Offensive tackle Laremy Tunsil decided to take matters into his own hands by firing his agent Jimmy Sexton in early March shortly after the NFL Combine. He follows in the footsteps of wide receiver Larry Fitzgerald, offensive tackle Russell Okung, cornerback Richard Sherman and inside linebacker Bobby Wagner in acting as his own agent on a veteran contract. 

Tunsil has done the best job of any of the players going the self-representation route. He took advantage of the Texans making a tactical error in neglecting to secure a new deal when he was traded from the Dolphins right before the start of the 2019 regular season where essentially two first-round picks and a second-round pick were given up. The lack of a new contract and the massive trade compensation gave Tunsil the upper hand in negotiations. He made the Texans pay for the mistake by fully exploiting his extreme contract leverage better than some prominent agents would have done.

The Deal

Tunsil, who was scheduled to make $10.35 million on his fifth-year option, received a three-year, $66 million contract extension from the Texans. His deal contains $50 million in guarantees, $40 million is fully guaranteed at signing. 

Tunsil is getting $23.85 million, a $13.5 million raise, this year. The $23.85 million is a $13 million signing bonus and a fully guaranteed $10.85 million 2020 base salary. He gets his entire signing bonus by the end of the 2020 calendar year.

Tunsil's $16.15 million 2021 base salary is fully guaranteed to make up the remainder of the $40 million fully guaranteed at signing. $10 million of Tunsil's $17.85 million 2022 base salary is guaranteed for injury at signing to make the total guarantees $50 million. The $10 million becomes fully guaranteed next March on the fifth day of the 2021 league year. Tunsil's $18.5 million 2023 base salary is unsecured.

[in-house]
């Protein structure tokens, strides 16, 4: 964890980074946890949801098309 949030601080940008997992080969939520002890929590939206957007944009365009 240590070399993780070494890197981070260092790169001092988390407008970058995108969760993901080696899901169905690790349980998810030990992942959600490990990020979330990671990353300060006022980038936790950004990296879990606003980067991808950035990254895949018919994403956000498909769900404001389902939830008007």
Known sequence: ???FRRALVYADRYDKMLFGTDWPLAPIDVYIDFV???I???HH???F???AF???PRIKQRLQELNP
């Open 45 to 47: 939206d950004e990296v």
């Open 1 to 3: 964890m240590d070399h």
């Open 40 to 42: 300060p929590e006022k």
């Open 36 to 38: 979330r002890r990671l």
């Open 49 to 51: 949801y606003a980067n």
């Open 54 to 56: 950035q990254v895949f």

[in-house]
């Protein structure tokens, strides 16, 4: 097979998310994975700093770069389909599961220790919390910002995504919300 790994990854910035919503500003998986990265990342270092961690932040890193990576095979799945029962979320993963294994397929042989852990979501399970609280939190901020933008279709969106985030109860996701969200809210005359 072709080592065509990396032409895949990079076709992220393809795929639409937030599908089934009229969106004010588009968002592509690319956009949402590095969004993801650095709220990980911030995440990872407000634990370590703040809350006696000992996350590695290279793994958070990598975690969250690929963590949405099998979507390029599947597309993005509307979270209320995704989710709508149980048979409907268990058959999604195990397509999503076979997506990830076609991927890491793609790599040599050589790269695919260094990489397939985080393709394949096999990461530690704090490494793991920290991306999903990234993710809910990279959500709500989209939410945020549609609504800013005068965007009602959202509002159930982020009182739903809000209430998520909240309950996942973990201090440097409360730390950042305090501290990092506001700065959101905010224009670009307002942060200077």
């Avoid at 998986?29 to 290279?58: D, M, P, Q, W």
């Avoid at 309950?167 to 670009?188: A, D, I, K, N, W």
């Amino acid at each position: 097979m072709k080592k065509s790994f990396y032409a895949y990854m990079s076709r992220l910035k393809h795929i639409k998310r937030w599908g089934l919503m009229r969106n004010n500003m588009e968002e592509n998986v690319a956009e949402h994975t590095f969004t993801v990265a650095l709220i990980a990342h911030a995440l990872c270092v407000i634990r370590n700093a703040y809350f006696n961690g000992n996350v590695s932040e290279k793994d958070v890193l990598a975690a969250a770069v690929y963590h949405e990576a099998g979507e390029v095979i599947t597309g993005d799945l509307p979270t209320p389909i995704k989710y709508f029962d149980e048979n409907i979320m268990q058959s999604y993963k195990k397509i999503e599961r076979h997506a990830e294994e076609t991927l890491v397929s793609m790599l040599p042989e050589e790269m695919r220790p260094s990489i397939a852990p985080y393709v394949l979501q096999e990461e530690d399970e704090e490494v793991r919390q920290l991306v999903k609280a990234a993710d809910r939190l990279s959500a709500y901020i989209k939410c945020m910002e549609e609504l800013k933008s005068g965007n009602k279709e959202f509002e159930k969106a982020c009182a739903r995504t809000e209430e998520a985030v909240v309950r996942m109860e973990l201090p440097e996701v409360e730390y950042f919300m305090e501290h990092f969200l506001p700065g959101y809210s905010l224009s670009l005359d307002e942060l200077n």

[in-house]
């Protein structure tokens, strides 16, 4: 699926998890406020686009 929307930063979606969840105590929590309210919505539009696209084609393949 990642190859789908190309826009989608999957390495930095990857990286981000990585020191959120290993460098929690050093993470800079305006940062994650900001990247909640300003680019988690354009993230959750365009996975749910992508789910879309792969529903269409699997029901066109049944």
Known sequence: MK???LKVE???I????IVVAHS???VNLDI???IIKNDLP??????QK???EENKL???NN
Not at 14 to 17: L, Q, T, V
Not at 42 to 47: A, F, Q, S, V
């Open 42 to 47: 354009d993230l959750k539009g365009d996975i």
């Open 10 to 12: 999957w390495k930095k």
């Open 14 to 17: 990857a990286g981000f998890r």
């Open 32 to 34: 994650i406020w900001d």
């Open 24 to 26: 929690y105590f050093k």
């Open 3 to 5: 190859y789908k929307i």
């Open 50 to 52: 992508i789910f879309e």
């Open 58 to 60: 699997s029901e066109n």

The Texans are using an additional $3.75 million of salary cap room on Tunsil under the new contract. Tunsil's 2020 cap number goes from $10.35 million to $14.1 million. His 2021, 2022 and 2023 cap numbers are $19.4 million, $21.1 million and $21.75 million.

Putting the deal into context

Tunsil becomes the highest paid offensive lineman in NFL history at $22 million per year. He also corrects an offensive tackle market anomaly where right tackles Lane Johnson and Trent Brown became the league's highest paid at the position last year. 

Traditionally, the highest paid left tackle has made more than the highest paid right tackle by a considerable margin. Over the last five years (2015 through 2019), the highest paid left tackle's deal has averaged 13.73 percent more than the highest paid right tackle's. In order to restore the traditional left tackle/right tackle financial relationship, Tunsil's extension needed to average just under $20.475 million per year since the four-year extension Johnson signed with the Eagles last year averages $18 million per year. He shatters this mark by averaging 22.22 percent more than Johnson.

Tunsil's $40 million fully guaranteed at signing sets a new standard for offensive linemen. The previous benchmark was Trent Brown's $36.25 million with the Raiders. Tunsil's $50 million in overall guarantees is tied for second among offensive linemen with Titans left tackle Taylor Lewan behind Johnson's $54.595 million. It should be noted that Lewan and Johnson's deals put them under contract for six and seven years respectively while Tunsil's is only for four years.

Tunsil's deal ties him with Falcons wide receiver Julio Jones as the NFL's third highest non-quarterback. Only Bears edge rusher Khalil Mack and Rams interior defensive lineman Aaron Donald are ahead of Tunsil at $23.5 million per year and $22.5 million per year respectively.

Jones is the only non-quarterback with more full guarantees per contract year than Tunsil's $10 million per year ($40 million over four total contract years). The five-time All-Pro wide receiver's contract is an outlier in a lot of respects structurally. No other non-quarterback (deals averaging $15 million per year or more) besides Tunsil has reached the $10 million per year mark. At $12.5 million per year, Tunsil is fourth among non-quarterbacks in total guarantees per contract year.